Doctor Gayeski is internationally recognized as a scholar, speaker, consultant, futurist, and educator in strategic communication and learning. She is Dean of the Roy H. Park School of Communications at Ithaca College where she has been Professor of Strategic Communication since 1979. She is the author of more than 100 articles and 14 books, some of which are the principal texts used in undergraduate, graduate and corporate curricula in corporate communication, human resources, and instructional systems design.
I had the opportunity to learn more about Doctor Gayeski and her topic of information overload:
I’m a consultant, scholar, and professor of communications and in my experiences with many clients, I’ve found that so much of the great information that gets produced never gets processed well — or in some cases, even seen at all. So not only is a lot of communication wasted, it’s actually DETRIMENTAL to organizations. Much current research says that mistakes and poor performance happen now more frequently because of info overload than from a LACK of info.
In may organizations, employees become overloaded and make mistakes, get distracted from what they should be doing, and get mixed messages. It leads them to ‘shut down’ or in some cases actually quit.
My Ph.D. is in educational media which is based in proven theories about how people learn and why they behave the way that they do. My degree and consulting work also focuses on management theory and organizational communication. From all of these, I’ve been able to develop techniques to rigorously define performance gaps in measurable and objective terms, and to analyze the root causes of those gaps and then find appropriate solutions. Generally, for significant challenges in organizations, there are multiple causes and a coordinated “suite” of interventions is necessary.
4. What are examples of this tactic’s success?
One of my clients was having performance problems with their phone customer service reps not being able to correctly understand the customer’s problem and interpret rather complex governmental rules that would apply. By the time I was called in, they had increased their training to 16 weeks before a rep could actually get onto the floor and start working. I sat in on about an hour of the training, and was completely overwhelmed myself.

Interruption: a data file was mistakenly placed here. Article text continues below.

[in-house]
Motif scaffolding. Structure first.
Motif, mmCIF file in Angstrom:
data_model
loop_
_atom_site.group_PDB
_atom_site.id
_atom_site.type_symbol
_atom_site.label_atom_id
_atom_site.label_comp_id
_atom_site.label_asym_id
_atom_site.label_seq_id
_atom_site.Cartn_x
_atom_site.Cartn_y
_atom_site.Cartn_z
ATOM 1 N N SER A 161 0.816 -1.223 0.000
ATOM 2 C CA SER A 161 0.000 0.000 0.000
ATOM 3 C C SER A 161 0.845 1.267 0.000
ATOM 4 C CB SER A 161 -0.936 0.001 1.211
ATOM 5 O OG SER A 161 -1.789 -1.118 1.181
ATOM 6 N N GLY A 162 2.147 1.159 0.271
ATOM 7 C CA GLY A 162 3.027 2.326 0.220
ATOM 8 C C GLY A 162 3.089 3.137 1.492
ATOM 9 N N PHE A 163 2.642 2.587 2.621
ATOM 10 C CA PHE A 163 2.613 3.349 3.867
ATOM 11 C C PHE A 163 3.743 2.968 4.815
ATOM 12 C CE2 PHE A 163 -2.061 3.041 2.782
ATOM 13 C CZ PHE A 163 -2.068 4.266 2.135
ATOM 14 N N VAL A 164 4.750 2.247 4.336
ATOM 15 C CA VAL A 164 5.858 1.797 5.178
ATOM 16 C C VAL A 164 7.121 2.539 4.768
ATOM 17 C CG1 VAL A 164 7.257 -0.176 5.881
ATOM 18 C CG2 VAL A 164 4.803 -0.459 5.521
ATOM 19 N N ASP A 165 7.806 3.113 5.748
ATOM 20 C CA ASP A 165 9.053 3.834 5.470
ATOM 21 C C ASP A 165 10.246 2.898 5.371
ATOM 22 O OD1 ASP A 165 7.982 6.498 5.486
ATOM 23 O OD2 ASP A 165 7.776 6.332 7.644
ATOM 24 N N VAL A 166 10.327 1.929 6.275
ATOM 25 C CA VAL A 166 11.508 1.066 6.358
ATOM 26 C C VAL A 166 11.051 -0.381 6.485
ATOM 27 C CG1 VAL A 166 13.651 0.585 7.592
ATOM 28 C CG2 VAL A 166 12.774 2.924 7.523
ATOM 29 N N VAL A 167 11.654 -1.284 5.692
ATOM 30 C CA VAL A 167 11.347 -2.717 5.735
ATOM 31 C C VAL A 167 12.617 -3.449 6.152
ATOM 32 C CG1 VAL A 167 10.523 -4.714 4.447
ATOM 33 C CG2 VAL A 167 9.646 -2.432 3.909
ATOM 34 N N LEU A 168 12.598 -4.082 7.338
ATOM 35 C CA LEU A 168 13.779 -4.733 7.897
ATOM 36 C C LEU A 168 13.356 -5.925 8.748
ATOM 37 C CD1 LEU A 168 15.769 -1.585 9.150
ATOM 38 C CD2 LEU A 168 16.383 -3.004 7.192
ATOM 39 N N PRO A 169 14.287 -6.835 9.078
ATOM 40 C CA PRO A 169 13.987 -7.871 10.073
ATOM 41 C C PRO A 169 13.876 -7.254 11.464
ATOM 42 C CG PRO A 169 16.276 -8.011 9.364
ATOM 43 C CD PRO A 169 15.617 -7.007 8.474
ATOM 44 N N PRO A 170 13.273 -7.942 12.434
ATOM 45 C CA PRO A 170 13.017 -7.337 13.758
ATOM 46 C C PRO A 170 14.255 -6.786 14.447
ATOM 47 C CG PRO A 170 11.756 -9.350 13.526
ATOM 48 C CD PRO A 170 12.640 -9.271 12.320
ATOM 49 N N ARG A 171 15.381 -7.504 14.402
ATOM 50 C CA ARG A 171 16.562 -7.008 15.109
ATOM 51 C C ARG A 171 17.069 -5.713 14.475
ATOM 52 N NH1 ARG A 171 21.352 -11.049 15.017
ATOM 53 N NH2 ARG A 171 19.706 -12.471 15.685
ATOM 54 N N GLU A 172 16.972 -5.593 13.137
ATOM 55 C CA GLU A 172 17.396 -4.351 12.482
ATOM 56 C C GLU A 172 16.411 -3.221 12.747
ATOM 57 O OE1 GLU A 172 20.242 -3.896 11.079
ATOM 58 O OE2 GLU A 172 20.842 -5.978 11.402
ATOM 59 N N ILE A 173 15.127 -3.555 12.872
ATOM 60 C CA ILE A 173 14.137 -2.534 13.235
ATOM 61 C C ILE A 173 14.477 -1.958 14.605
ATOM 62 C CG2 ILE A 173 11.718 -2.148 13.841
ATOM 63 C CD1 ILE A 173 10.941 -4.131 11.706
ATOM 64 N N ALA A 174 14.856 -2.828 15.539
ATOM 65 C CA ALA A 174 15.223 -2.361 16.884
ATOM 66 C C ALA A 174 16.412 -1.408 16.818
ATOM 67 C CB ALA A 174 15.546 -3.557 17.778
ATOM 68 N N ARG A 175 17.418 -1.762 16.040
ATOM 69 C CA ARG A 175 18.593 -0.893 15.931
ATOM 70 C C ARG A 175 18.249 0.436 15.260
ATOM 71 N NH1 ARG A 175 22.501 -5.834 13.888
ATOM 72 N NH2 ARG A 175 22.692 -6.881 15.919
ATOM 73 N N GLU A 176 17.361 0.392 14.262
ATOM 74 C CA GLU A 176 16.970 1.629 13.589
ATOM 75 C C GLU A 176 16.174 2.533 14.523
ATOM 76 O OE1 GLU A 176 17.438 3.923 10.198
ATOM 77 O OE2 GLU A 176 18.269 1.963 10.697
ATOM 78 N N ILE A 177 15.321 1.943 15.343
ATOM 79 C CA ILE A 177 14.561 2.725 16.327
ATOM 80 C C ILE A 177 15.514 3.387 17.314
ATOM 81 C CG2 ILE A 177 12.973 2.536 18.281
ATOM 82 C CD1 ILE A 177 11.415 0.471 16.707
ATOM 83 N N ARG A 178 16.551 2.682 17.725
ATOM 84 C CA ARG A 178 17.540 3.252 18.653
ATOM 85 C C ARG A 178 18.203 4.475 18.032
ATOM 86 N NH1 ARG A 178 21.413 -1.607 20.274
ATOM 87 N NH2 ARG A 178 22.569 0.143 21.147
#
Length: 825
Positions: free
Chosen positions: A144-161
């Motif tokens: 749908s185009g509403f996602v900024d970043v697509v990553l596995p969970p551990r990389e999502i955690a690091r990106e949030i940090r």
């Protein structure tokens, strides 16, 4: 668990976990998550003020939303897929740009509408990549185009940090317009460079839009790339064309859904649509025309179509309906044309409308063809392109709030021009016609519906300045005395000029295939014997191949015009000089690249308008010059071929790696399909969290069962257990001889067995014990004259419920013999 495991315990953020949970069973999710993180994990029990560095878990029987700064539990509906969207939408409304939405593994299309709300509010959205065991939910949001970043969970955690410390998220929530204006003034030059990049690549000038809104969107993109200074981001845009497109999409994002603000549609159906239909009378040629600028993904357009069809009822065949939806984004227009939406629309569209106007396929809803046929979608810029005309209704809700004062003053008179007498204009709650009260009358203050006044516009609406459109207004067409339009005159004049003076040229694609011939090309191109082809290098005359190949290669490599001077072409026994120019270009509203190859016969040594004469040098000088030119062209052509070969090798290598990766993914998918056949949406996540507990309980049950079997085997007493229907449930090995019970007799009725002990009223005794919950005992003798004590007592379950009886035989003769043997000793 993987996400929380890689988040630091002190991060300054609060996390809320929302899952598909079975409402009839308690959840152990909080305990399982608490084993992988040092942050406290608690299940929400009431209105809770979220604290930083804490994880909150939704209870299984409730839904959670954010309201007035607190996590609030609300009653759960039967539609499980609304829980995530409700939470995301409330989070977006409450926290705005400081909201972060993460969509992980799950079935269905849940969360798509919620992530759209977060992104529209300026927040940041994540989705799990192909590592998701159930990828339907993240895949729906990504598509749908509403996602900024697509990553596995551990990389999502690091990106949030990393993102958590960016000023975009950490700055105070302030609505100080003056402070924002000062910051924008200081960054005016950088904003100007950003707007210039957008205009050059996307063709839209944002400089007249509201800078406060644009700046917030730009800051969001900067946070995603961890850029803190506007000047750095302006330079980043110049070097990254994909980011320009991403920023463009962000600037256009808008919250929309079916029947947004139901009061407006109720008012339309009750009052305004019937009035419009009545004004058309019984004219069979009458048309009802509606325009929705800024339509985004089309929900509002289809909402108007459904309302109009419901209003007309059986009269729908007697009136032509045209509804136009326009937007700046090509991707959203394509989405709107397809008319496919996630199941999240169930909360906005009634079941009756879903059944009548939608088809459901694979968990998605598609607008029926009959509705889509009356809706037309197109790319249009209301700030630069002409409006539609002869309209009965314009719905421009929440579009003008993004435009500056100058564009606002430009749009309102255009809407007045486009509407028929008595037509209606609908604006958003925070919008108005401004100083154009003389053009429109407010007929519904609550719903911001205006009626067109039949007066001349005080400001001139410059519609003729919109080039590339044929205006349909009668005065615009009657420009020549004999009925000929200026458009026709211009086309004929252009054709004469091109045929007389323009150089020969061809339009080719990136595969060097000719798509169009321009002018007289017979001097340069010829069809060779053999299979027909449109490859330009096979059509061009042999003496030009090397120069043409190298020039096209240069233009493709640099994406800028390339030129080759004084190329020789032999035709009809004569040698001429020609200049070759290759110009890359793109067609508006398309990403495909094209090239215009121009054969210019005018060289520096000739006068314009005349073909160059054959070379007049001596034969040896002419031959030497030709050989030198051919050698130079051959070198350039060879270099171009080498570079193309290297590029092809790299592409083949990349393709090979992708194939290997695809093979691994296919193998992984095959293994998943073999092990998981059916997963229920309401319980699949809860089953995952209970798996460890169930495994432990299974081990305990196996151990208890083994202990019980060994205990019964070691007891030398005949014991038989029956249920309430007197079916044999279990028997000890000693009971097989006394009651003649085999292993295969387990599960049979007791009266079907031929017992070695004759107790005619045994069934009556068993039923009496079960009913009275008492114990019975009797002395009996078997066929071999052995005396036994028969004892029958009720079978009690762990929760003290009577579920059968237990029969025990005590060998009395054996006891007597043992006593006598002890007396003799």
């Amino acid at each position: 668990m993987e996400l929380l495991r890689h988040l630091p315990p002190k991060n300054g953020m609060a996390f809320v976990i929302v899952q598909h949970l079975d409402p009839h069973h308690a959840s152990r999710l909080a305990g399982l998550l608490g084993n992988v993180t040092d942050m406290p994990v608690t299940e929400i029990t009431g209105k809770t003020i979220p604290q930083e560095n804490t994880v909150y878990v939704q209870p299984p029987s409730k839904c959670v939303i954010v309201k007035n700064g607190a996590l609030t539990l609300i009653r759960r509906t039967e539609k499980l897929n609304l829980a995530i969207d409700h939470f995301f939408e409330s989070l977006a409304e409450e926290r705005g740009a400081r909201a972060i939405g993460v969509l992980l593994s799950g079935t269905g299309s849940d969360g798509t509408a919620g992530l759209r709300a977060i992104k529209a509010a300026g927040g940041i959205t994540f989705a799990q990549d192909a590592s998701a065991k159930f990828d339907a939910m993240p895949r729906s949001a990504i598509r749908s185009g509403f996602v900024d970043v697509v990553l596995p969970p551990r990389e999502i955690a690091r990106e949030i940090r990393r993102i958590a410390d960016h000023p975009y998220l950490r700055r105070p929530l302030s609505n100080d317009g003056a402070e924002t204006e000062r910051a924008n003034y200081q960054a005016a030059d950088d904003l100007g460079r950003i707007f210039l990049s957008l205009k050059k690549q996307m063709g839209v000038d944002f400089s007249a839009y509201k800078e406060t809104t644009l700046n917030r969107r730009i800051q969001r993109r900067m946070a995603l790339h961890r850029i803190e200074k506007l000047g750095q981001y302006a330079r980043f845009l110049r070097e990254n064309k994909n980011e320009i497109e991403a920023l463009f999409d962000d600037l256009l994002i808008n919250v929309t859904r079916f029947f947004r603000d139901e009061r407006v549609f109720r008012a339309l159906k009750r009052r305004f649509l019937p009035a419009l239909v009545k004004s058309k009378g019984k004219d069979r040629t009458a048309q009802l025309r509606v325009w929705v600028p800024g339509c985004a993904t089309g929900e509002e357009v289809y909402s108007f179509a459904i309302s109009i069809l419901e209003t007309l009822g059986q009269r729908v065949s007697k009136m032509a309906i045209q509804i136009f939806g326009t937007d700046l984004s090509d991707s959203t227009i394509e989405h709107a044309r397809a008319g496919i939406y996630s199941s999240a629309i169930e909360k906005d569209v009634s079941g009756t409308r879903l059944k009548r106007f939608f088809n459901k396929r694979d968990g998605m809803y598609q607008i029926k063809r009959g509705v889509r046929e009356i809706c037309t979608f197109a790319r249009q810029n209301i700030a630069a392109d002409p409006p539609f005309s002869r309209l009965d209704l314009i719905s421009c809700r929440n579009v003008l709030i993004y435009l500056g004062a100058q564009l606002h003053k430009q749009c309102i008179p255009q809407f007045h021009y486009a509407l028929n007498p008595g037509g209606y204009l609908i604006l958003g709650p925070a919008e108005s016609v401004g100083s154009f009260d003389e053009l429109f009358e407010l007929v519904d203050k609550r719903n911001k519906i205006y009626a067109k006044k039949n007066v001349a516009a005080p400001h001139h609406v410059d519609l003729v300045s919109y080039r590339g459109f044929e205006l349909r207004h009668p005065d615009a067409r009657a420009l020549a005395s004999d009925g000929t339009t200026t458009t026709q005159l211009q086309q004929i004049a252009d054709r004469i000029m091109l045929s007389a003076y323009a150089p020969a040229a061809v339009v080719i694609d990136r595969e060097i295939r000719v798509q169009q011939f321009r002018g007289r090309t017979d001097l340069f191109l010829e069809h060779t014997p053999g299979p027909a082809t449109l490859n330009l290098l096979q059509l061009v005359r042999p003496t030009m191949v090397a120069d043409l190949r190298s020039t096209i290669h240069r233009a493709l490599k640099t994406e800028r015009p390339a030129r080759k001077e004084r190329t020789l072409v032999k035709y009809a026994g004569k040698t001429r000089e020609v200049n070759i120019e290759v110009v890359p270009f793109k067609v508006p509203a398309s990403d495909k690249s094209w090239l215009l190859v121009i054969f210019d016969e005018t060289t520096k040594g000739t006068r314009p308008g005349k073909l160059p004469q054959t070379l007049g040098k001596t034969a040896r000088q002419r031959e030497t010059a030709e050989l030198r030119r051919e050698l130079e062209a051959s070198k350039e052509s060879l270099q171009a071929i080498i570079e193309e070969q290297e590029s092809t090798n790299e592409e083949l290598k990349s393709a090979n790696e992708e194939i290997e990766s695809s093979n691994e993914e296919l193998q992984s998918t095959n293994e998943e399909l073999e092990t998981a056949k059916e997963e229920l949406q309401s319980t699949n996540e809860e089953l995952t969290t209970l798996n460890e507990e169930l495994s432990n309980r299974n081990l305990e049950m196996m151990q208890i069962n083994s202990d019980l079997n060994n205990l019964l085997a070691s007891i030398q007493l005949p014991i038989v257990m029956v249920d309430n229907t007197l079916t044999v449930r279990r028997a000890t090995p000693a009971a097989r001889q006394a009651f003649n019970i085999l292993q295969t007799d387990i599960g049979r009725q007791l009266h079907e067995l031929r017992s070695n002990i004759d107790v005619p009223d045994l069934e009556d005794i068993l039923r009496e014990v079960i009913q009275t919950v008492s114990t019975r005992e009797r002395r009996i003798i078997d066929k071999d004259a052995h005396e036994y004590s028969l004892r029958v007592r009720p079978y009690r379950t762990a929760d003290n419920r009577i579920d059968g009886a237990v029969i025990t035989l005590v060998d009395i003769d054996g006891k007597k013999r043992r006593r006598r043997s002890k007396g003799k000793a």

The underlying problems were several: first, they were hiring the wrong people for the job. The most significant job screen was a typing test. Although the reps DID need to use a keyboard to access info on the computer, an ability to empathize with customers AND an ability to read and solve complex problems was much more important. So the first thing we did was to revise the employment ads and screening processes. Second, the policy manuals were complex and very difficult to access and update. We developed a much more user-friendly method of indexing and finding related content. Third, we needed to get reps onto the floor more quickly since many of them actually dropped out part-way through their training class. We instituted a way to gradually let them work on easy tasks while being mentored, and we developed a checklist of job duties for them to watch and then practice with a mentor– so at least they could be successful at completing some basic tasks immediately.
We were able to get people up to speed more quickly, reduce turnover, and reduce the training time — all adding to the bottom line of making this agency much more effective in terms of customer satisfaction and cost.